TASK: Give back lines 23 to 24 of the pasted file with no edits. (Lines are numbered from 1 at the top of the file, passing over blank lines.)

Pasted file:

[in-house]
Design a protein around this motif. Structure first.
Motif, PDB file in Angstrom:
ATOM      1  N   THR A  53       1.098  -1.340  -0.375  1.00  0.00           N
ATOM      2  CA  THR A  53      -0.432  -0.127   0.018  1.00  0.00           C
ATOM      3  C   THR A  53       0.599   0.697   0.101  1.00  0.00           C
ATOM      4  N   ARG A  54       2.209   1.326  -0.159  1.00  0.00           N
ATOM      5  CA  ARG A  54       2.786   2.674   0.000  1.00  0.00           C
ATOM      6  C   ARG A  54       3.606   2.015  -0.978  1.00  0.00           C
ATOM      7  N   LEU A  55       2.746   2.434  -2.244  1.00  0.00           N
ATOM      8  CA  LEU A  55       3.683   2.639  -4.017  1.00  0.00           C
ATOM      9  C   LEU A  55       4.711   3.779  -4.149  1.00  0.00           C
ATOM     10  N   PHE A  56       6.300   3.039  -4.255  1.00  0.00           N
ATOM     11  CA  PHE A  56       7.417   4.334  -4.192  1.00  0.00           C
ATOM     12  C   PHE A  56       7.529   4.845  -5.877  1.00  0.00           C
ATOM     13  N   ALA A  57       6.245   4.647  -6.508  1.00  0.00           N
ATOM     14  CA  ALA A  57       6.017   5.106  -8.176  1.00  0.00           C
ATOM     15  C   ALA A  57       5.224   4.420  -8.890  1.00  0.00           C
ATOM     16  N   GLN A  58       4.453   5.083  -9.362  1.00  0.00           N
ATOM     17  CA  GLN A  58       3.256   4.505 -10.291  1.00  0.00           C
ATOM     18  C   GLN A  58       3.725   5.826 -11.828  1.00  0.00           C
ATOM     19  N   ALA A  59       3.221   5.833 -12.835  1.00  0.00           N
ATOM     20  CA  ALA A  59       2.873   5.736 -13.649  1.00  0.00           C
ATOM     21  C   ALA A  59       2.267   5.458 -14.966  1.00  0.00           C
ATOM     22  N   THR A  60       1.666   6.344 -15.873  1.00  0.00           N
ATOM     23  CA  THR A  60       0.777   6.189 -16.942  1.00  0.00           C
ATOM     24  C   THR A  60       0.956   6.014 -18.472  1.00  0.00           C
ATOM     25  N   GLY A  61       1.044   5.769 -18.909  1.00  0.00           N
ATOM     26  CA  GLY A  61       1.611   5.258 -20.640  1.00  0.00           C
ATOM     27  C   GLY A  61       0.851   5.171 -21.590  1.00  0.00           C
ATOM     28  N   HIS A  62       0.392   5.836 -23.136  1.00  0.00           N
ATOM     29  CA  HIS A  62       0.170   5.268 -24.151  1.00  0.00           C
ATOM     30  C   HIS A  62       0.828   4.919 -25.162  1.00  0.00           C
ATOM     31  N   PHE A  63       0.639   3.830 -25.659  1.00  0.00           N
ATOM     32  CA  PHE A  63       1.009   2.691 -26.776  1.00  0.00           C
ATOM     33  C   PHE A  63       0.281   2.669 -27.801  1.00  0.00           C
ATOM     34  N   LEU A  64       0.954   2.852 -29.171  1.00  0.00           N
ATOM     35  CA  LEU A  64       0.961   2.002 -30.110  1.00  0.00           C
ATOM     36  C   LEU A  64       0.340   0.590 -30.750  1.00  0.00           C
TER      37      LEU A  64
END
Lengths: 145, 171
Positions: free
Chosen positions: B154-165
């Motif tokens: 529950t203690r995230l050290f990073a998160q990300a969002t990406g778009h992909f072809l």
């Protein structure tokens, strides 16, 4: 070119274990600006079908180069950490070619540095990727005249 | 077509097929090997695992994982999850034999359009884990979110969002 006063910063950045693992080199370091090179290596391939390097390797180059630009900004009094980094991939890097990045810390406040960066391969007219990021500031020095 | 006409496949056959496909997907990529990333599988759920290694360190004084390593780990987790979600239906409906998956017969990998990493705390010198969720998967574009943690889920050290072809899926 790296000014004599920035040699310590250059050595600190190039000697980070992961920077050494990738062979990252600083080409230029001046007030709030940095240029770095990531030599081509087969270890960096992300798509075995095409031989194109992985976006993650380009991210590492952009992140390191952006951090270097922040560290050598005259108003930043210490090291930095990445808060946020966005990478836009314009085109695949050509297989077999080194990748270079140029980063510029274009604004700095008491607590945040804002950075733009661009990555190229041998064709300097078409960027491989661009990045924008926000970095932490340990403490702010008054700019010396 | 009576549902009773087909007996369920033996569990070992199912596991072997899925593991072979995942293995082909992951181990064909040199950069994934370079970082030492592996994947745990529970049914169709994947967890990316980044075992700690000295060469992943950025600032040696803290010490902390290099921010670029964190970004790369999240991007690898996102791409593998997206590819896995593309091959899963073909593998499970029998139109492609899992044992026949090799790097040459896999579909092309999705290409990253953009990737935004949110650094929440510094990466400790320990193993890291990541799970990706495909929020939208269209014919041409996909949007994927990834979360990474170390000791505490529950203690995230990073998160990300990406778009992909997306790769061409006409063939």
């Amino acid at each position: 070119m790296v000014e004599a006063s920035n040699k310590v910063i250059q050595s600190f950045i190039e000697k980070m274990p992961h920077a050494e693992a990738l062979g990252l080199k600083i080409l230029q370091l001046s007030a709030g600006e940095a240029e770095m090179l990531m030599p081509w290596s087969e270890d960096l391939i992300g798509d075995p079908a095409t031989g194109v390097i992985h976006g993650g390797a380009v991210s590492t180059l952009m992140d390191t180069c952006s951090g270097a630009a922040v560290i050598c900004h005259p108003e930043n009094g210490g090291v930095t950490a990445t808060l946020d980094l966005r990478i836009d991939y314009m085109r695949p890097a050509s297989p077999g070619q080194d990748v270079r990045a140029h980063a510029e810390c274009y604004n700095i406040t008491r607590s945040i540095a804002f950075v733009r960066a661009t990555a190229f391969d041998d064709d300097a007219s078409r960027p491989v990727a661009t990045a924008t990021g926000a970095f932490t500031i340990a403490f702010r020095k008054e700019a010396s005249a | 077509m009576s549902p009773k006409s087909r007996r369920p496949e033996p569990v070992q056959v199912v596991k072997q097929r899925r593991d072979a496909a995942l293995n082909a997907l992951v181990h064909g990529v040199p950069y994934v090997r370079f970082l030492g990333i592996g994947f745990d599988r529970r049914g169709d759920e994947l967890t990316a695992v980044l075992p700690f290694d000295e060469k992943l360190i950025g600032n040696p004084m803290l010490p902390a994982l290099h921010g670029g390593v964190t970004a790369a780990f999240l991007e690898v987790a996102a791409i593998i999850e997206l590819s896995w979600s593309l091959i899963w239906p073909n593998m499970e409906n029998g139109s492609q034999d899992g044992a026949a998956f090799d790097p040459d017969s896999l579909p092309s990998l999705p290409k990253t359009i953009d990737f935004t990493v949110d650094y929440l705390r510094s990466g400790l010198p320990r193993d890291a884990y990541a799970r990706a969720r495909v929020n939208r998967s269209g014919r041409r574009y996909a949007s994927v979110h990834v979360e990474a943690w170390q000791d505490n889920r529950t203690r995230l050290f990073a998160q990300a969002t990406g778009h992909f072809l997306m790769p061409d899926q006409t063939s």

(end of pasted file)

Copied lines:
ATOM     20  CA  ALA A  59       2.873   5.736 -13.649  1.00  0.00           C
ATOM     21  C   ALA A  59       2.267   5.458 -14.966  1.00  0.00           C